Morning Comments-Friday July 22, 2016

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Commodity Market                             Friday July 22, 2016
Thursday’s commodity market was lower for corn and wheat, soybeans were higher.  The Macro Markets were negative as the DOW was lower; Oil lower and the US Dollar Index trading lower.  The Dow closed at 18,522 down 73 points for the day.  Crude Oil closed at $44.59, down $1.16 per barrel.  The West Texas Intermediate Crude (WTI) September 16 to September 17 spread closed tonight at $6.71 carry to September 2017.   July Heating Oil closed at $1.37, down $0.0354 per gallon.  The US Dollar Index closed at $96.94, down $0.28.  The 10-year US Treasury bond closed down slightly at a 1.57% yield and the 30-year bond closed at 2.31%.  Thursday’s CBOT closes were 2.5 to 3.5 cents per bushel lower for corn, 2.5 to 5.5 cents higher for soybeans and 2.5 to 5.5 cents higher for Chicago wheat.  Cash bids at the river are roughly $10.40 after they reached $11.90+ for November through January for soybeans and SEP corn is trading around $3.52 after hitting a top in $4.65-4.75 area for JAN delivery corn.  We are currently bidding about $0.15 to $0.20 behind those prices for the same time slots.  The next 10-15 days are predicted to be hotter than normal, but with near adequate moisture levels in most areas.  Corn pollination is almost complete in the majority of the Corn Belt with good pollination reports in almost all areas.  This will leave most export buyers and industrial users very confident of sourcing whatever corn bushels they need at a low price.  The weather over the next 2-3 weeks will be the primary determinate of just how large the 2016 Corn Crop will be, but the current weather forecasts indicate the likelihood of a large crop.  Two Friday’s ago the close left the corn: soybean ration at 3.31 to 1 (one of six times that the ratio has exceeded 3.2 to 1 since 1980).  Typically, these spikes create a situation where soybeans decline 15-20%, while corn increases in value by 2-5%.  The ratio closed on Thursday at 2.97 to 1.  Both corn and soybeans have declined in value over the last two weeks, but soybeans have declined the most.
THE USDA CROP PRODUCTION ESTIMATES THAT WERE RELEASED AT 11:00 AM CDT, July 12th. WERE AS FOLLOWS:  CORN – 14.540 BILLION BUSHELS AND SOYBEAN – 3.88 BILLION BUSHELS.  The yield estimates were as follows:  Corn – 168.0 bushels per acre and Soybeans – 46.7 bushels per acre.  Most traders are now starting to pencil in a corn yield above 168 bpa, with some estimating yields as high as 171 bpa.  The heat will still have some impact, but as you view the 15 day forecasts across the major corn growing areas, you see high heat for only another day or two and fairly good chances of rain as well.
Check out our Daily Grain Bids (updated every 10 minutes during the trading session) by clicking on: www.buchheitagri.com/biehle-grain-bids/  or www.buchheitagri.com/morehouse-grain-bids/  or feel free to call us at 800-622-7937 (ask for Katlyn, Eric or Dave) or call 573-667-9921 or 573-768-0489 and ask for Shon.
USDA Crop Progress reports released Monday afternoon estimated corn Good-Excellent condition at 76% versus 76% LW, 69% LYR and 61.6% for the 5-year average.  The soybean condition ratings were 73% GE, 71% LW and 52% last year with a 5-year average of 52.2%.   Crop Progress reports released Monday afternoon estimated Missouri Corn GE condition at 73% versus 71% LW, 52% LYR and 52.2% for the 5-year average.  The Missouri Soybean condition ratings were 67% GE, 65% LW and 32% last year with a 5-year average of 46.6%.   This report was 21% better than last year for corn and 35% better than last year for soybeans.  There are 25-35% improvements in crop conditions in Illinois, Indiana and Ohio as well.  This is the main story that has trader’s attention!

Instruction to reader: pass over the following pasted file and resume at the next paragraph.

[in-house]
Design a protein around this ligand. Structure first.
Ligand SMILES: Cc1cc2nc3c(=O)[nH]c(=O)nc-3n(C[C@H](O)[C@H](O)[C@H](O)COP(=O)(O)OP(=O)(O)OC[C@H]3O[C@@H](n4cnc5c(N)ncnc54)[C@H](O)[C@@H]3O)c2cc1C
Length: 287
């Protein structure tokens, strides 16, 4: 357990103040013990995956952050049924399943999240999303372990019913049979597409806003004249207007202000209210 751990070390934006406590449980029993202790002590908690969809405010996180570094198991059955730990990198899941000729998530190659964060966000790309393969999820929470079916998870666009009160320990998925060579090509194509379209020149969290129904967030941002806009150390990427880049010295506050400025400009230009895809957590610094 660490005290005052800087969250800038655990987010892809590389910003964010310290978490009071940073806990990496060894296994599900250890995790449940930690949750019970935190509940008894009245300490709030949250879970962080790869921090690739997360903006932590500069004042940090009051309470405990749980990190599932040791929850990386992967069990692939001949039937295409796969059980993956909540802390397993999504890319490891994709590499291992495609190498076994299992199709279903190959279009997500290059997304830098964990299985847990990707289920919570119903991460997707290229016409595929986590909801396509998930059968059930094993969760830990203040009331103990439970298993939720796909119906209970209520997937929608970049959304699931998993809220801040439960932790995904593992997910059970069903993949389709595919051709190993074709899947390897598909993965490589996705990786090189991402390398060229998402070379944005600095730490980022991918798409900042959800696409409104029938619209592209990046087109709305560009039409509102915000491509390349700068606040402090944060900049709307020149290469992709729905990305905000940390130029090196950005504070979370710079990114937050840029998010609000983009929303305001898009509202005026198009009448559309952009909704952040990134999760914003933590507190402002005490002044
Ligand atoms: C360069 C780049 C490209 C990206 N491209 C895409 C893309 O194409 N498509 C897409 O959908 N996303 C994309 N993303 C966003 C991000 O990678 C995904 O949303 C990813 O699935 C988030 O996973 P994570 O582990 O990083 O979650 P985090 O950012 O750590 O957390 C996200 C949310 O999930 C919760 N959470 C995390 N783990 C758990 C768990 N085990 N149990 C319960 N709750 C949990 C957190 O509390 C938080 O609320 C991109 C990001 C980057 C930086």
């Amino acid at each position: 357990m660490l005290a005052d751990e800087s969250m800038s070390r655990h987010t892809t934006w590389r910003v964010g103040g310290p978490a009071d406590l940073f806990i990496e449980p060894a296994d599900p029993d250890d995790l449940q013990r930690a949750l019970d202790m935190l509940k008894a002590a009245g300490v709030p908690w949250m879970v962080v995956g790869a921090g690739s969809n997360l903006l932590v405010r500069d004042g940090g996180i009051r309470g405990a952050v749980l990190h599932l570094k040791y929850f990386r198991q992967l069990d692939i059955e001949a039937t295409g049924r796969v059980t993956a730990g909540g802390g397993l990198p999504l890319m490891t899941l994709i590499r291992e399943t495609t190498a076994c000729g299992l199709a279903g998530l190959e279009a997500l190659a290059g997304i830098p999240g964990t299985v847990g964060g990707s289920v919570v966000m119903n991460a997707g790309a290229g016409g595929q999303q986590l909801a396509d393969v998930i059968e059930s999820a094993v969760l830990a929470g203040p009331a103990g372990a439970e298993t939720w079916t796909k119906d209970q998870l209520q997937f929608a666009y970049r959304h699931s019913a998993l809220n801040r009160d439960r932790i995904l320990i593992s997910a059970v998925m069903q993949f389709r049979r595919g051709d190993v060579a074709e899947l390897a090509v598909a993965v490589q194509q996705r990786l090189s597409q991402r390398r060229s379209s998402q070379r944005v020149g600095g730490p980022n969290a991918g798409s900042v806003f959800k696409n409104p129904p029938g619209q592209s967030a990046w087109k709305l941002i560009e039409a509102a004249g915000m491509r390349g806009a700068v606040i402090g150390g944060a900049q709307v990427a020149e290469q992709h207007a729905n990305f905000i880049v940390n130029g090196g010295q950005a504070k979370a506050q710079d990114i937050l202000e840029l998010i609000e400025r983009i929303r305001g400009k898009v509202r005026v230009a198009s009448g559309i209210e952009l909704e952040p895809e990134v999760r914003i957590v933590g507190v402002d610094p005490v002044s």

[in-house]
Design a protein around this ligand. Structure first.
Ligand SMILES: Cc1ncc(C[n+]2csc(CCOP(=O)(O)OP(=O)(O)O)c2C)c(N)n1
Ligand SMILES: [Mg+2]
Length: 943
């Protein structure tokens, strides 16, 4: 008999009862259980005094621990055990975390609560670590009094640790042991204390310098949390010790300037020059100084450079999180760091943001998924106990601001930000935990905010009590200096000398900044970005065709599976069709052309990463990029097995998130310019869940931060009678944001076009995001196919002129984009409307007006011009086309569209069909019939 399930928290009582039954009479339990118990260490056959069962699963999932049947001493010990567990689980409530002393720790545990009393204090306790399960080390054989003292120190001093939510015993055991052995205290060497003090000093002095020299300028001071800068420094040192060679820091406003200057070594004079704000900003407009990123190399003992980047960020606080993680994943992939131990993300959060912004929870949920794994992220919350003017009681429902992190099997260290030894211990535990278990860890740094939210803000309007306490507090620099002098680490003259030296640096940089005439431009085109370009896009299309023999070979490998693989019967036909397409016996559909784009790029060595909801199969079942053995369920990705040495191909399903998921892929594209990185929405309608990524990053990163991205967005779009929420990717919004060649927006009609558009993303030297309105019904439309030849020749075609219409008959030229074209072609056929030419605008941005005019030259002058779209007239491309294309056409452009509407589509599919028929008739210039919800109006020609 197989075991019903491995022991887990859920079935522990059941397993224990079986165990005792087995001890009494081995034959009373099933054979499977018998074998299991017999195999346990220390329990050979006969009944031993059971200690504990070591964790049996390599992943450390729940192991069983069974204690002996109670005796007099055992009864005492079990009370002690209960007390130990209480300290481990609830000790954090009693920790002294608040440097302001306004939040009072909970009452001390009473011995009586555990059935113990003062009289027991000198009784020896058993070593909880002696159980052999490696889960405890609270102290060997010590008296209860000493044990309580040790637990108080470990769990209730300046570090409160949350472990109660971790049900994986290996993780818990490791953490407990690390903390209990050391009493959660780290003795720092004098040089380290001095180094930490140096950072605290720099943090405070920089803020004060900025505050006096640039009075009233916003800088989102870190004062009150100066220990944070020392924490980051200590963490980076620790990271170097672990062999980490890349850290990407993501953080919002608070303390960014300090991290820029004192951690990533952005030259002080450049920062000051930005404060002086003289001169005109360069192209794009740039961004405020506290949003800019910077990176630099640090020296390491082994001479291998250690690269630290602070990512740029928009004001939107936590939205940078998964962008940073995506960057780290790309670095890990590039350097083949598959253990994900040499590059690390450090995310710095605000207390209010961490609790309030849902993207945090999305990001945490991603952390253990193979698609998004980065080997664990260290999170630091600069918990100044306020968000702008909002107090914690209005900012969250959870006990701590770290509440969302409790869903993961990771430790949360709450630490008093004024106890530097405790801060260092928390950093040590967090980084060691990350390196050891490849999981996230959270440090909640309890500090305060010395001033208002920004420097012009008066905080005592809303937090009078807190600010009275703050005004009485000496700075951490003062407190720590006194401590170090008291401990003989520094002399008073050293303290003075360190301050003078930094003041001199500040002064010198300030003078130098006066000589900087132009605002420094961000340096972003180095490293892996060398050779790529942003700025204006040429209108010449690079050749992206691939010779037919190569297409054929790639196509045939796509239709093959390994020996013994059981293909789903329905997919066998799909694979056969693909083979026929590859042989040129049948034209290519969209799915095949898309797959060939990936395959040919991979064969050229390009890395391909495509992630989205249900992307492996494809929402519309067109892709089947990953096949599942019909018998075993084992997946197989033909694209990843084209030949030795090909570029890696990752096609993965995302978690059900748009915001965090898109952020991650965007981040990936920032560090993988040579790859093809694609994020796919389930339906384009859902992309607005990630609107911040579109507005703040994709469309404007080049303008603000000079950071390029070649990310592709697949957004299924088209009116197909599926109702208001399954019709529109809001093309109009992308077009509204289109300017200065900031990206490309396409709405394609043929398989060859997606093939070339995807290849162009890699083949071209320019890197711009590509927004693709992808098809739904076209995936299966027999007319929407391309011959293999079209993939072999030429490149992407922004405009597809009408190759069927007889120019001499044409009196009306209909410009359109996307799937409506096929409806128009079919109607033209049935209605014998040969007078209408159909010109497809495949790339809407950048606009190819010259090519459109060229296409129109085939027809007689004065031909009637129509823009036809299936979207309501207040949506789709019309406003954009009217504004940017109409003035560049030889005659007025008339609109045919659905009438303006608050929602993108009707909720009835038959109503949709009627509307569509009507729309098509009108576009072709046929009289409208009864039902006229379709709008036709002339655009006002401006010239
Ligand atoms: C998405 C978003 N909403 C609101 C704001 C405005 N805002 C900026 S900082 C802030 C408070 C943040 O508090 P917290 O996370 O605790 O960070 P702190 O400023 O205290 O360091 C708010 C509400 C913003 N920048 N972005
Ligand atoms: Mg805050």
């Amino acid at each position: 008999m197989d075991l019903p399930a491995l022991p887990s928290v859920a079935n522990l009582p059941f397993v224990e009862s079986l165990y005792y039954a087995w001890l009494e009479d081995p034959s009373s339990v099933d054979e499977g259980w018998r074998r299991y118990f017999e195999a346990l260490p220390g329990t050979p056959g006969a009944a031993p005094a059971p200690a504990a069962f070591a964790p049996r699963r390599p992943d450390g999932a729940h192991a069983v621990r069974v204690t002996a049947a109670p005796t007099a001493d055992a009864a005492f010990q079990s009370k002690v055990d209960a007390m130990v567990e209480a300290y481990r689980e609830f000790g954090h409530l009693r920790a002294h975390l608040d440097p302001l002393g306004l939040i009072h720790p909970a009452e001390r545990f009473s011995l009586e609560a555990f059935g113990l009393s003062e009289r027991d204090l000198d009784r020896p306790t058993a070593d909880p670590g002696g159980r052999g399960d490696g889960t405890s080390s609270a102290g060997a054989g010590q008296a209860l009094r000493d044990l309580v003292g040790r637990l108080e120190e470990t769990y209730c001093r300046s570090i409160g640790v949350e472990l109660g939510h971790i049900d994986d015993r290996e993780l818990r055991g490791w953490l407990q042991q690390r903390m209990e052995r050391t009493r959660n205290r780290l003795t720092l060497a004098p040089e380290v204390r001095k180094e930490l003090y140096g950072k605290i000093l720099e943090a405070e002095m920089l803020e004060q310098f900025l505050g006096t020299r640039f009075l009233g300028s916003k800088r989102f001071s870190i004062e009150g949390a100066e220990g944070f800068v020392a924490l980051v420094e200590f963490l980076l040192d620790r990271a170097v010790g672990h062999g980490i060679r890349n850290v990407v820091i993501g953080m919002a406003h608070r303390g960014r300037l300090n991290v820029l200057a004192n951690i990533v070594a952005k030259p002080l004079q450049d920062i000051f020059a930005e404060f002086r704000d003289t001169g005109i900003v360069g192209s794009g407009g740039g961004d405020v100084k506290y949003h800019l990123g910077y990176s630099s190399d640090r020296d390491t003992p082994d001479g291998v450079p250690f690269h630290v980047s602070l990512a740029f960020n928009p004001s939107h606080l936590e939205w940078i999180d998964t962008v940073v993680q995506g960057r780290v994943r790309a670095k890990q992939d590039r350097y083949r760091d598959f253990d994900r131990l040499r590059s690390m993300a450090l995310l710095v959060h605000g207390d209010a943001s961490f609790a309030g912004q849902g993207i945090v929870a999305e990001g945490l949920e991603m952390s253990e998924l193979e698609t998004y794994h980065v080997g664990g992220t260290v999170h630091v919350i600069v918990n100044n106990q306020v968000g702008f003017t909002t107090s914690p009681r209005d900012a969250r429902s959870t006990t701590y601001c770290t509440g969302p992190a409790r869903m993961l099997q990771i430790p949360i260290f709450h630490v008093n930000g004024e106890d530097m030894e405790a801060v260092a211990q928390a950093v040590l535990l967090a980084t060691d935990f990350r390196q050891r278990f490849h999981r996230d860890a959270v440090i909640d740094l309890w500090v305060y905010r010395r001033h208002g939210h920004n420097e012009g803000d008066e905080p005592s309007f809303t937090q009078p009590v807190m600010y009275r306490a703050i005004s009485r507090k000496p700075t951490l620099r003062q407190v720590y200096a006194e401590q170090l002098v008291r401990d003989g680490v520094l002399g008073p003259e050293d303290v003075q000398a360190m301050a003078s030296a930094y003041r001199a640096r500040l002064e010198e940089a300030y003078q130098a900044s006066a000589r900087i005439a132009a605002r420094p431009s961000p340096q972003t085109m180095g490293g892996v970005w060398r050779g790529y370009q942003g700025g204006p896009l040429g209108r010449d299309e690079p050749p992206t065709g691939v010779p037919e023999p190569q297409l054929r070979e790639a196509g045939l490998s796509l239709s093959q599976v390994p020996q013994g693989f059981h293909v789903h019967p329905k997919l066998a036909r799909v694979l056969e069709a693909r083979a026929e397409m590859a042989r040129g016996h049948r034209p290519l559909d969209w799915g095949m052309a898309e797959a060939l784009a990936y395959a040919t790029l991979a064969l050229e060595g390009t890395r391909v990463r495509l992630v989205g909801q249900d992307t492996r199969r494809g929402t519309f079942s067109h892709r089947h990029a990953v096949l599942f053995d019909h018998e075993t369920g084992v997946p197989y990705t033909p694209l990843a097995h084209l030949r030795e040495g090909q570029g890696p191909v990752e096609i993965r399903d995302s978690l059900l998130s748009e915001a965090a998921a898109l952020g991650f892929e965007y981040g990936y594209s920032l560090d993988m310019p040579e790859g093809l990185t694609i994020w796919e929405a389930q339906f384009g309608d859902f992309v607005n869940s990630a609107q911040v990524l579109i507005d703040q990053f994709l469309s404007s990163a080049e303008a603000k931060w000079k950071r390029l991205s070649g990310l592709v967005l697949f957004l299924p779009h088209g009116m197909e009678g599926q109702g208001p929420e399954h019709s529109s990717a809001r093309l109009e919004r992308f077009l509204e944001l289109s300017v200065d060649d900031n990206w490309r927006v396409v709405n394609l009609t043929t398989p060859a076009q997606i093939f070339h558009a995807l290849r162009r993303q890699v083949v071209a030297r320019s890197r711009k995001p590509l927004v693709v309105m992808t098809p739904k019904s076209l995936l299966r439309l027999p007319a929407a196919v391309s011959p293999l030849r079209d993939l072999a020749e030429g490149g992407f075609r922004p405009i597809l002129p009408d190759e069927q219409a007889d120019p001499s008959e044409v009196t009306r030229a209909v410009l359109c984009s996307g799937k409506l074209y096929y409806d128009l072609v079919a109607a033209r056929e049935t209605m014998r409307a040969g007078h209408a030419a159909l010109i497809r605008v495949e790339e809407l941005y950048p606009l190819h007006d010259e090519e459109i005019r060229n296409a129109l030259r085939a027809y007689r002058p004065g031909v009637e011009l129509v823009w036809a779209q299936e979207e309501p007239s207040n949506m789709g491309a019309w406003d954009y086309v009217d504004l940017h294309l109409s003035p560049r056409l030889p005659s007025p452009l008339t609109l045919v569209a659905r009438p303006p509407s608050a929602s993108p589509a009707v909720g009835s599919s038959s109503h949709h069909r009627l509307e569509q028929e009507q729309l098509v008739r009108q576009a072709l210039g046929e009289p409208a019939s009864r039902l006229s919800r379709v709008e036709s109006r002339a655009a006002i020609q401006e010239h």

Long Accumulation by the Specs and Commercials pushed the soybean and meal markets higher today as Specs sold 3,000 contracts of corn to finish the day at 40,000 contracts short. They bought 4,000 contracts of soybeans to close at 92,000 contracts long and they bought 2,000 contracts of wheat to close at 129,000 contracts short.  Specs bought 2,000 contracts of SBM and are long 51,000 contracts of Soybean Meal.
CIF bids have strengthened in the Gulf with SEP wheat at (45 bid-55 asked), OND wheat (55 bid).  October soybeans were quoted (84 bid-87 ask).  August corn was quoted (70 bid-74 ask), Sep was 75 bid and October corn was (78 bid-81 asked).
Barge freight had been trading at remarkably low levels. Freight firmed 60-70% in the last four weeks with the nearby July quote at 240-255%.  August at 260-375.  Harvest barges traded today at 400-500 for SEP and 490-510 for OCT.
Fescue prices were quite strong during the 2016 Harvest. We paid prices to range from $0.48 to $0.50 per pound.  A good fescue fertility program involves the addition of 40 lbs. of nitrogen per acre in late August, followed by an application of nitrogen, phosphorus and potassium in the spring.  You can spray 2,4-D and Dicamba for weeds in either the spring or fall.  If you have a very heavy infestation of weeds, you might consider doing both.
We are providing a DP program for those producers wanting to wait for a better day in the markets.  We can help develop a marketing plan and a floor price program.  Call Eric or Dave at 800-622-7937, Shon at 573-667-9921 or 768-0489.
We have updated our test plot results on our website.
You can check out our 2015 corn yields and some 2014 soybean and corn yields at:
Be sure to check out our website at: www.buchheitagri.com and see the marketing information available.  If you scroll down on the front page you will find our market info page supported by AgriCharts.  If you examine the left hand side of that page you will discover the options that allow you to create price graphs or charts and also to check on historical spread information.